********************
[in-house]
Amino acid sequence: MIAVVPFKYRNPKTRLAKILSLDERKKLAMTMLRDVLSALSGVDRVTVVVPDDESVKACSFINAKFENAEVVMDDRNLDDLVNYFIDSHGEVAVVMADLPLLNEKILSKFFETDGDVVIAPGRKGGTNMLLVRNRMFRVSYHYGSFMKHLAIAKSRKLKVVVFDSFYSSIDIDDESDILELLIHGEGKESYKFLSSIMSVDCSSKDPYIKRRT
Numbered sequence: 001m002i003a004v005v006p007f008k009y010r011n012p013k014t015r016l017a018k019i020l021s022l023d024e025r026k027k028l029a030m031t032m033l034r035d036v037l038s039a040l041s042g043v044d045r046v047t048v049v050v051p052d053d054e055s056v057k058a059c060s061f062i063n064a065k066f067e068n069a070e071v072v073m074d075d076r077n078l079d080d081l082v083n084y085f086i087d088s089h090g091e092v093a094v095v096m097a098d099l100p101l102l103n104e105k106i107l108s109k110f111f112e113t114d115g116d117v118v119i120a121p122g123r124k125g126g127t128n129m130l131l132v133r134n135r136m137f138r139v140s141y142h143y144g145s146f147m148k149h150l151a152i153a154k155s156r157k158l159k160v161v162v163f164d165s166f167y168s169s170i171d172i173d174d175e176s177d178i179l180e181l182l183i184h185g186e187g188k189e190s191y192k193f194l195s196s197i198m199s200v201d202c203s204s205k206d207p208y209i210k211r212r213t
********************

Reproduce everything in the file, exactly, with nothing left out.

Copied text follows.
[in-house]
Amino acid sequence: MIAVVPFKYRNPKTRLAKILSLDERKKLAMTMLRDVLSALSGVDRVTVVVPDDESVKACSFINAKFENAEVVMDDRNLDDLVNYFIDSHGEVAVVMADLPLLNEKILSKFFETDGDVVIAPGRKGGTNMLLVRNRMFRVSYHYGSFMKHLAIAKSRKLKVVVFDSFYSSIDIDDESDILELLIHGEGKESYKFLSSIMSVDCSSKDPYIKRRT
Numbered sequence: 001m002i003a004v005v006p007f008k009y010r011n012p013k014t015r016l017a018k019i020l021s022l023d024e025r026k027k028l029a030m031t032m033l034r035d036v037l038s039a040l041s042g043v044d045r046v047t048v049v050v051p052d053d054e055s056v057k058a059c060s061f062i063n064a065k066f067e068n069a070e071v072v073m074d075d076r077n078l079d080d081l082v083n084y085f086i087d088s089h090g091e092v093a094v095v096m097a098d099l100p101l102l103n104e105k106i107l108s109k110f111f112e113t114d115g116d117v118v119i120a121p122g123r124k125g126g127t128n129m130l131l132v133r134n135r136m137f138r139v140s141y142h143y144g145s146f147m148k149h150l151a152i153a154k155s156r157k158l159k160v161v162v163f164d165s166f167y168s169s170i171d172i173d174d175e176s177d178i179l180e181l182l183i184h185g186e187g188k189e190s191y192k193f194l195s196s197i198m199s200v201d202c203s204s205k206d207p208y209i210k211r212r213t